Dinesh D'Souza has written a book (The Enemy at Home: The Cultural Left and Its Responsibility for 9/11) guaranteed to offend everyone. His thesis is that the terrorist attack on the U.S. is the fault of those who have debased our culture over the last forty years and that American conservatives have more in common with Muslims than with western liberals.
Well, it's true that liberal nostrums have had a deleterious effect on our popular culture, and it's true that the Muslim critique of American culture is one which conservatives largely agree with, but that's not the problem.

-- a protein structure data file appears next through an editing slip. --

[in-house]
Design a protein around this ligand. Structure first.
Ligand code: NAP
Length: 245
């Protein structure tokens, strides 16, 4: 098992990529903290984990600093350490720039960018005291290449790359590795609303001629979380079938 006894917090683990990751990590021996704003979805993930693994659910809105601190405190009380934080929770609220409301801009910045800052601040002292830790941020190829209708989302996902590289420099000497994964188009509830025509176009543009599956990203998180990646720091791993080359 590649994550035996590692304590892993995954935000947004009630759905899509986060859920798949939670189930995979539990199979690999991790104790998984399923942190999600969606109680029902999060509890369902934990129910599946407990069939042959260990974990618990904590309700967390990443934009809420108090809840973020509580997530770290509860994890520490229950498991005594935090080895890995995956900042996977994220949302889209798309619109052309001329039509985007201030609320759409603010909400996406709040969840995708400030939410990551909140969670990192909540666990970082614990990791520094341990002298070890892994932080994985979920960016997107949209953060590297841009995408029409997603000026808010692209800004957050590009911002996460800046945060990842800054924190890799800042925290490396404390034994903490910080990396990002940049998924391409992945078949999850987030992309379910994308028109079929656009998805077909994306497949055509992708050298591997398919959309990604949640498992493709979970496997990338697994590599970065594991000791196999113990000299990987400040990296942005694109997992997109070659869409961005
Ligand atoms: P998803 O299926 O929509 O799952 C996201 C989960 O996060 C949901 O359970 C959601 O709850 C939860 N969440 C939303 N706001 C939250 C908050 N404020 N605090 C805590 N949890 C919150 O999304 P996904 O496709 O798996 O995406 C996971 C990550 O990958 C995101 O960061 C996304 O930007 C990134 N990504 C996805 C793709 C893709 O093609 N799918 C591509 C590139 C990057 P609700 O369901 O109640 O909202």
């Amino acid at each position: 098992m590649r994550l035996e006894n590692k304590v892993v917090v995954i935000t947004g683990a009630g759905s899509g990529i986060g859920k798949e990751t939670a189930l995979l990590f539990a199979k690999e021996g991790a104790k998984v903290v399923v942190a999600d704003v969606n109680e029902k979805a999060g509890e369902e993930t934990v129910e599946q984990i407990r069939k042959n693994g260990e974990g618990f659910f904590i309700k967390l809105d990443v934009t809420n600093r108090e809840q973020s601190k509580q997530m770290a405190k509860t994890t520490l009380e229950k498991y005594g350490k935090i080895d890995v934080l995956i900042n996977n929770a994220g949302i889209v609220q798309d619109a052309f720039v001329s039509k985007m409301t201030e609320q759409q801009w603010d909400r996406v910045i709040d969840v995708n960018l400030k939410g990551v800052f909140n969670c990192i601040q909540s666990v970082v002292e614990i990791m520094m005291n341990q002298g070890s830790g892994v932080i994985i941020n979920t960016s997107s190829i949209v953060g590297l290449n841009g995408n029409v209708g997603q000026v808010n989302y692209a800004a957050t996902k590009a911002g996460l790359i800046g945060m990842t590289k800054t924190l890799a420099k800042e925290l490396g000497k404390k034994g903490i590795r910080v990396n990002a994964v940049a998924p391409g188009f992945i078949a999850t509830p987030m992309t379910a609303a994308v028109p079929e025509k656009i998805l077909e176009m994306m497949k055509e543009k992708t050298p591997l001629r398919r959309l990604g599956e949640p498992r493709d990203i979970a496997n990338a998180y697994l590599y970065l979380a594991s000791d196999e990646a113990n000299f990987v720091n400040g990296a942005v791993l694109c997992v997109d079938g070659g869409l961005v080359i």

The problem is that conservatives and Muslims envision widely disparate remedies for the diseased portions of our popular culture. Muslims believe that the only solution is to embrace Koranic law whereas conservatives tend to believe that the answer lies in a return to traditional Christian values, and in many ways those two solutions couldn't be more different.
The fact that both Muslims and American conservatives see the same problem does not entail that we share in common the values and beliefs necessary to address the problem. After all, Mohatma ghandi and Joseph Stalin both saw Adolf Hitler as a problem but it requitres a great deal of rhetorical flexibility to stretch to the conclusion that therefore the two men had a lot in common.
Anyway, Cathy Young dissects D'Souza's argument at Reason magazine.RLC